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Global Britain targets the world

27th Jun 2022 7 min read

Businesses in the UK are determined to embrace the idea of ‘Global Britain’, seeking new opportunities for trade all around the world, new research from Santander suggests.


This is why Santander is launching Santander Navigator, a new, innovative portal designed to make international growth simple. The online tool guides businesses through every step of international trade, including regulation and shipping, as well as helping users to find the best markets and suitable buyers for their products. Drawing on insights, knowledge and connections from Santander’s global network and international ecosystem of providers, Santander Navigator is a subscription service that brings international markets to your fingertips. 

Overall, UK businesses continue to regard North America as the region of the world that offers the most exciting prospects for growth in their international sales. But while 45% pick out North America, markets closer to home are still regarded as crucially important, with 37% excited about the potential for growth in the European Union. Further afield, there is also healthy interest in East Asia, where 29% of respondents see opportunities.

The research underlines the importance of EU markets to British businesses even after the UK’s departure from the bloc. Indeed, Germany and France, picked out by 19% and 16% of businesses respectively as offering growth opportunities over the next 12 months, look set to remain as valuable trading partners.

On a country-by-country basis, the United States tops the rankings, cited by 37%, followed by Australia (22%). Australia perhaps seeing a rise in popularity due to the recent trade agreement signed with the UK. But UK businesses are also keen to grow in Asia and the Middle East, with China (17%), India (14%), and the United Arab Emirates (14%) all seen as offering good growth prospects. 

Why free trade deals matter

Santander’s research comes amid intensive efforts by the UK government to forge new free trade agreements around the world in the wake of Brexit. Agreements have been signed with Australia and New Zealand, although they are not yet enforced, and talks are currently in progress with countries including, India and Singapore, as well as with the parties involved in the Comprehensive and Progressive Agreement for Trans-Pacific Partnership (CPTPP).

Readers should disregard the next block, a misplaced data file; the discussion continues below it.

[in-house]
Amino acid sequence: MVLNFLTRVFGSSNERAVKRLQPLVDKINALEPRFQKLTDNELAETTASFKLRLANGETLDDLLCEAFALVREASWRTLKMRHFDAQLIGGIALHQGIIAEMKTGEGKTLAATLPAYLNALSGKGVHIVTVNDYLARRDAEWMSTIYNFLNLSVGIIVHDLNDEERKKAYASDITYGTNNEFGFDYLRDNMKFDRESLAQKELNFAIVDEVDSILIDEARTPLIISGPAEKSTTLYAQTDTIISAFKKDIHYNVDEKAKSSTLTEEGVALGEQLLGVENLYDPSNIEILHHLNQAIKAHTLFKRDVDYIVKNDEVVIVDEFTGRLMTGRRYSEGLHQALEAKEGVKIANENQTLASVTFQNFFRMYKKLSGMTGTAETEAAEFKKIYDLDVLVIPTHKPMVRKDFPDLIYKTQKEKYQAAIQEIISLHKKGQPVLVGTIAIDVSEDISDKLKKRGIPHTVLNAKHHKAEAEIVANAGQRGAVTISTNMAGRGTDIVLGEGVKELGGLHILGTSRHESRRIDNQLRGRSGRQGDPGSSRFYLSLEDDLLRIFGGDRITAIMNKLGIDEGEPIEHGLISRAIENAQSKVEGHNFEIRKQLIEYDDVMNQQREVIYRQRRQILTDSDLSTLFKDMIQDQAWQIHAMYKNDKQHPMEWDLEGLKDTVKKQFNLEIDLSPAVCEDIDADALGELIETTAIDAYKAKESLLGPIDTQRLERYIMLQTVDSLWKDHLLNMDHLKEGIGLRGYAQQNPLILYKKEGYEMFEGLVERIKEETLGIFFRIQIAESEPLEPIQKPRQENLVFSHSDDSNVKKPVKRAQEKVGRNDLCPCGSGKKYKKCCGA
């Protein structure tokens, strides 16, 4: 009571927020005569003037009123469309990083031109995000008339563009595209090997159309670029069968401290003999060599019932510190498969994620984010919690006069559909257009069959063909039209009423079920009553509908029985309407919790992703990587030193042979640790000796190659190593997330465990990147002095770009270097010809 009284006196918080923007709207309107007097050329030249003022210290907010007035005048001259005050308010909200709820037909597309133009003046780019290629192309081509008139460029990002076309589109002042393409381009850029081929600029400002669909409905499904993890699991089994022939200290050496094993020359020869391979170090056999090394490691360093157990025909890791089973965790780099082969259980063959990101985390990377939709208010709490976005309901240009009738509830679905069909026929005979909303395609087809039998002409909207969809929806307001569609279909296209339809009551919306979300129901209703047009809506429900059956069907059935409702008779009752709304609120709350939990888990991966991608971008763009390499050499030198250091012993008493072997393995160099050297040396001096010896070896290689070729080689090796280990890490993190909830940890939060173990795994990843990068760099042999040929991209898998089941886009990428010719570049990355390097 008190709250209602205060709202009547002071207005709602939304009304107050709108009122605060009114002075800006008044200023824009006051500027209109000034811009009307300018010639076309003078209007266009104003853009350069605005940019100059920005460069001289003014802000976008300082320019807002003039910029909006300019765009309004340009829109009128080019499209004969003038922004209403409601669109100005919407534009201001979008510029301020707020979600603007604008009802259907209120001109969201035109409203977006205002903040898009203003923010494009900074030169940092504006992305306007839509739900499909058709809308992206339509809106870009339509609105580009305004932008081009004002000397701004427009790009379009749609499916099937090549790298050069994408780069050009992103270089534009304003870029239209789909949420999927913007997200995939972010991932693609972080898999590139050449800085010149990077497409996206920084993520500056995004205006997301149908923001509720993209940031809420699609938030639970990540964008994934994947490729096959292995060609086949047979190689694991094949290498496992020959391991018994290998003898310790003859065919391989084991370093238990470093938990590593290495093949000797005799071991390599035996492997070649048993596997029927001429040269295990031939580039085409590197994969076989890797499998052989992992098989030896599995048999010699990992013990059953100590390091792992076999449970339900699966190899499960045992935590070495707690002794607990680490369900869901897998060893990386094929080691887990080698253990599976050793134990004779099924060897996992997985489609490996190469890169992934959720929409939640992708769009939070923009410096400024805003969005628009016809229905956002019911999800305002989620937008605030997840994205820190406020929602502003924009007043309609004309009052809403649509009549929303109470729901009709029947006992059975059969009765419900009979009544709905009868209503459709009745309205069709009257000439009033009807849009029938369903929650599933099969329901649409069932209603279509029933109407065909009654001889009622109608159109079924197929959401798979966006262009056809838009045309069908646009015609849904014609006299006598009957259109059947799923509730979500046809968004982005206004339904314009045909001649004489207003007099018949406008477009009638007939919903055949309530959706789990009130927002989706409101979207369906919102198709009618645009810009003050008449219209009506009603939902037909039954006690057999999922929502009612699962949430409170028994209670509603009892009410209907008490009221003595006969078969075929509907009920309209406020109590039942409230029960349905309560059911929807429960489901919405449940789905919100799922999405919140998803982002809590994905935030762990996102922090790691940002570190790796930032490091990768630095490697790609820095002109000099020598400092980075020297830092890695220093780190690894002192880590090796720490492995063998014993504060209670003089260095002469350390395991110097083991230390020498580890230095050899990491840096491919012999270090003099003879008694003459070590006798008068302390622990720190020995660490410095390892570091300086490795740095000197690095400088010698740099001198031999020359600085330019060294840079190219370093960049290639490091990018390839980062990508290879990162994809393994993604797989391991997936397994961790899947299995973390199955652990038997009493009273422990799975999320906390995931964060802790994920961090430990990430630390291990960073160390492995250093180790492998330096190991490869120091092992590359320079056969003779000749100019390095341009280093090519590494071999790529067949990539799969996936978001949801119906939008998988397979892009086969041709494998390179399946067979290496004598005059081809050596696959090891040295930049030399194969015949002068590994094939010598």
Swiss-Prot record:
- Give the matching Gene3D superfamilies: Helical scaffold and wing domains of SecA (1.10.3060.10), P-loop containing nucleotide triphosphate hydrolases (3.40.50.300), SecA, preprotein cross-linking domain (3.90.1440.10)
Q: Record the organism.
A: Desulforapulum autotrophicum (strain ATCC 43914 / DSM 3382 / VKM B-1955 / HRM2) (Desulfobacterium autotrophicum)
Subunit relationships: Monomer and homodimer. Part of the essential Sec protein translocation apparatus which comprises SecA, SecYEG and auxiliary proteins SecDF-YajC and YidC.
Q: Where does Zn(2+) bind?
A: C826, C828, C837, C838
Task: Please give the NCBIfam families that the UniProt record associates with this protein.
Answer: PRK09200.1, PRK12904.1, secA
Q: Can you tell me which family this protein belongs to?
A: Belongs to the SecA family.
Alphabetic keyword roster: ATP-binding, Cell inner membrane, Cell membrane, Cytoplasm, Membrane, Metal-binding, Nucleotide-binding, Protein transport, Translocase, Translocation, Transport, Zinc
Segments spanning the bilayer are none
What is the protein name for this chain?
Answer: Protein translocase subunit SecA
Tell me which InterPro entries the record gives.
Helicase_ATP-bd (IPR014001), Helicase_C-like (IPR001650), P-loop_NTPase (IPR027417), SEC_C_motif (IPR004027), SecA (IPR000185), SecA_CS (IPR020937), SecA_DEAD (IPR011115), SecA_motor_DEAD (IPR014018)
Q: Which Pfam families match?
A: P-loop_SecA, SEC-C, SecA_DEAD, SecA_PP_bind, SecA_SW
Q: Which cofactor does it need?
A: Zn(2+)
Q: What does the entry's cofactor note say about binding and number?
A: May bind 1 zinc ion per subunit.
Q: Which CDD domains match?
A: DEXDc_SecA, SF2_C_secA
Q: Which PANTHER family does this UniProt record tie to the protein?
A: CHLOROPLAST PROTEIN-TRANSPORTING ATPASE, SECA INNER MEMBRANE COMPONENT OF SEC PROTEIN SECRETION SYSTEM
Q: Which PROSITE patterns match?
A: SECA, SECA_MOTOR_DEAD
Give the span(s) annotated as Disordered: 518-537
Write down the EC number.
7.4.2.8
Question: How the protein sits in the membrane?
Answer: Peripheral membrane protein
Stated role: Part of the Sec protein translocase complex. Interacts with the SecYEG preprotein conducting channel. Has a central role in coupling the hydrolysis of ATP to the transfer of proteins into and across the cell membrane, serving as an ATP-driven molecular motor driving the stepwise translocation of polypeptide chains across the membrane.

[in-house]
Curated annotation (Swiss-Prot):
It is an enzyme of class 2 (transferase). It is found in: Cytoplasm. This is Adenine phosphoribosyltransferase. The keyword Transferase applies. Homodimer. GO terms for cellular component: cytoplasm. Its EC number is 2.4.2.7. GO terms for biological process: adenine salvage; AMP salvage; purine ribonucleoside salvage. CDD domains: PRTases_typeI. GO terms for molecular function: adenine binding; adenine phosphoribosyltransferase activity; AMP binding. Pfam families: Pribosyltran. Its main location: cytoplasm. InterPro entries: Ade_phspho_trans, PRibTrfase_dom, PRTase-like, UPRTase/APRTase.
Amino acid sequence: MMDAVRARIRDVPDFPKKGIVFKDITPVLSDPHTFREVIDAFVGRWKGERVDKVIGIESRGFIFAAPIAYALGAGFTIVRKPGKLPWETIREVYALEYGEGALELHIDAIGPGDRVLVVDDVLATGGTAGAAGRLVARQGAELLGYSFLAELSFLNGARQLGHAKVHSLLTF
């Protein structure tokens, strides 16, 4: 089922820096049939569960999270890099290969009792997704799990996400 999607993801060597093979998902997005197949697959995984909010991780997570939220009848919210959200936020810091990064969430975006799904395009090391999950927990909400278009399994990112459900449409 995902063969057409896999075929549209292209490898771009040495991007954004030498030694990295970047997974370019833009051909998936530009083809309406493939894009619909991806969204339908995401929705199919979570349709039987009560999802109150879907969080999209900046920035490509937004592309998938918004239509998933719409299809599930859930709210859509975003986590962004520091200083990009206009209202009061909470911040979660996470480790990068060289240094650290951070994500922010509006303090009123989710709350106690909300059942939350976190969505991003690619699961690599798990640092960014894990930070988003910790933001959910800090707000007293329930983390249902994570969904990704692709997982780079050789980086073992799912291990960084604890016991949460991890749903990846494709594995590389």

Such deals can prove valuable in helping businesses to identify and access new markets. They also formalise dealings with overseas partners, supporting market access, removing barriers to entry, and providing remedies for dispute resolution. 

For this reason, many UK businesses regard free trade agreements as desirable for their overseas development. In the latest Trade Barometer research, 33% of businesses with international operations point to the need for the British government to pursue free trade deals that would support their sector.

Naturally, businesses are particularly keen to see deals agreed with countries where they see the most enticing sales prospects. For example, 40% of international businesses want to see a deal agreed with the US, while 28% are eager for the UK to reach an agreement as part of the CPTPP and 20% point to the importance of signing a deal with China.

Other help is available

Deals with some of these key markets may follow, but the absence of a free trade agreement should not be seen as a barrier to exploring opportunities in new markets. Most UK businesses recognise this. For example, they continue to see the US as a key area for targeting expansion, even though reaching a trade deal there is likely to be highly challenging.

Businesses also need to recognise that whilst a free trade agreement may remove some of the regulatory challenges associated with international trade, businesses still need to do their research as to which markets offer them the best growth opportunities and find where there is real demand for their products. Although the UK has a free trade agreement with Australia, for example, the sheer distance between the two markets will still mean businesses need to give some serious thought to their logistics, which can add significant costs to operations. 

Even the most attractive free trade deals will not resolve some of the key underlying challenges that exist for businesses operating internationally, such as making connections and overcoming regulatory and bureaucratic hurdles. These have consistently been highlighted as the main barriers to international trade in Santander’s Trade Barometer research and are likely to remain so, even where free trade deals are agreed.

How we can help

Santander Navigator provides a personalised experience for each user and includes a logistics solution, where businesses can select from a range of shipping providers, allowing them to pick the option that best meets their needs, whilst providing them with greater visibility over their shipments. The portal also houses insights from Santander’s experts and its global network of providers, including shipping and logistics updates from across the world.

For more information about Santander Navigator visit or contact You can read the full Trade Barometer report here